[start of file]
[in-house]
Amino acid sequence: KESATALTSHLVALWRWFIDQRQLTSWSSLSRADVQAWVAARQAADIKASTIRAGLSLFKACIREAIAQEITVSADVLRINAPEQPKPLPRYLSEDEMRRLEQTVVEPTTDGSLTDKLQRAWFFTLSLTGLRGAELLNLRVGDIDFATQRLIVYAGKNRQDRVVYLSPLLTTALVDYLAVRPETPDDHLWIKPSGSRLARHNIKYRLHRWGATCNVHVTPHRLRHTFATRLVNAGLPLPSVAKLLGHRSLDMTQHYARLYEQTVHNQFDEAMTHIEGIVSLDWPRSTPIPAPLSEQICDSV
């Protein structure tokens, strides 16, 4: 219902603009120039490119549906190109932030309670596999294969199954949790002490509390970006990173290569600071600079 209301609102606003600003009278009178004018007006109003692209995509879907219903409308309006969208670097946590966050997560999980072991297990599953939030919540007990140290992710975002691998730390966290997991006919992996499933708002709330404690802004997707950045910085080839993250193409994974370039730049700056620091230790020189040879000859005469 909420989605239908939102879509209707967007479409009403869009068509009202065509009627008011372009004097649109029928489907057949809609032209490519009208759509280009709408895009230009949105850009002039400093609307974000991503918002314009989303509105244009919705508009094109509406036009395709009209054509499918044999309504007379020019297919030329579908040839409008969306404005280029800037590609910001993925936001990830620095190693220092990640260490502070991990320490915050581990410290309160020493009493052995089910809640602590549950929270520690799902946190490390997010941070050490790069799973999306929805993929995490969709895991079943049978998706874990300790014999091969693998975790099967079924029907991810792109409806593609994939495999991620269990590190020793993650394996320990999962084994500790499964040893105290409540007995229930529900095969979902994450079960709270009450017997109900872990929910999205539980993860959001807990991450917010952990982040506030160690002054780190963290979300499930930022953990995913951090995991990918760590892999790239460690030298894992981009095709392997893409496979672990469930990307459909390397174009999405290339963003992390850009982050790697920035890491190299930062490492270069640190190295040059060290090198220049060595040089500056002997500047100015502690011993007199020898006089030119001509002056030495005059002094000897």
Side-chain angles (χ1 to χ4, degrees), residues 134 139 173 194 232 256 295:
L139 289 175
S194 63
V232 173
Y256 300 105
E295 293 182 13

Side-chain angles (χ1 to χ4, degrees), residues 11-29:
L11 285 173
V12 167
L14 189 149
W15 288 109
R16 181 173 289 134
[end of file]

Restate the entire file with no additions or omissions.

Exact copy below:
[in-house]
Amino acid sequence: KESATALTSHLVALWRWFIDQRQLTSWSSLSRADVQAWVAARQAADIKASTIRAGLSLFKACIREAIAQEITVSADVLRINAPEQPKPLPRYLSEDEMRRLEQTVVEPTTDGSLTDKLQRAWFFTLSLTGLRGAELLNLRVGDIDFATQRLIVYAGKNRQDRVVYLSPLLTTALVDYLAVRPETPDDHLWIKPSGSRLARHNIKYRLHRWGATCNVHVTPHRLRHTFATRLVNAGLPLPSVAKLLGHRSLDMTQHYARLYEQTVHNQFDEAMTHIEGIVSLDWPRSTPIPAPLSEQICDSV
């Protein structure tokens, strides 16, 4: 219902603009120039490119549906190109932030309670596999294969199954949790002490509390970006990173290569600071600079 209301609102606003600003009278009178004018007006109003692209995509879907219903409308309006969208670097946590966050997560999980072991297990599953939030919540007990140290992710975002691998730390966290997991006919992996499933708002709330404690802004997707950045910085080839993250193409994974370039730049700056620091230790020189040879000859005469 909420989605239908939102879509209707967007479409009403869009068509009202065509009627008011372009004097649109029928489907057949809609032209490519009208759509280009709408895009230009949105850009002039400093609307974000991503918002314009989303509105244009919705508009094109509406036009395709009209054509499918044999309504007379020019297919030329579908040839409008969306404005280029800037590609910001993925936001990830620095190693220092990640260490502070991990320490915050581990410290309160020493009493052995089910809640602590549950929270520690799902946190490390997010941070050490790069799973999306929805993929995490969709895991079943049978998706874990300790014999091969693998975790099967079924029907991810792109409806593609994939495999991620269990590190020793993650394996320990999962084994500790499964040893105290409540007995229930529900095969979902994450079960709270009450017997109900872990929910999205539980993860959001807990991450917010952990982040506030160690002054780190963290979300499930930022953990995913951090995991990918760590892999790239460690030298894992981009095709392997893409496979672990469930990307459909390397174009999405290339963003992390850009982050790697920035890491190299930062490492270069640190190295040059060290090198220049060595040089500056002997500047100015502690011993007199020898006089030119001509002056030495005059002094000897």
Side-chain angles (χ1 to χ4, degrees), residues 134 139 173 194 232 256 295:
L139 289 175
S194 63
V232 173
Y256 300 105
E295 293 182 13

Side-chain angles (χ1 to χ4, degrees), residues 11-29:
L11 285 173
V12 167
L14 189 149
W15 288 109
R16 181 173 289 134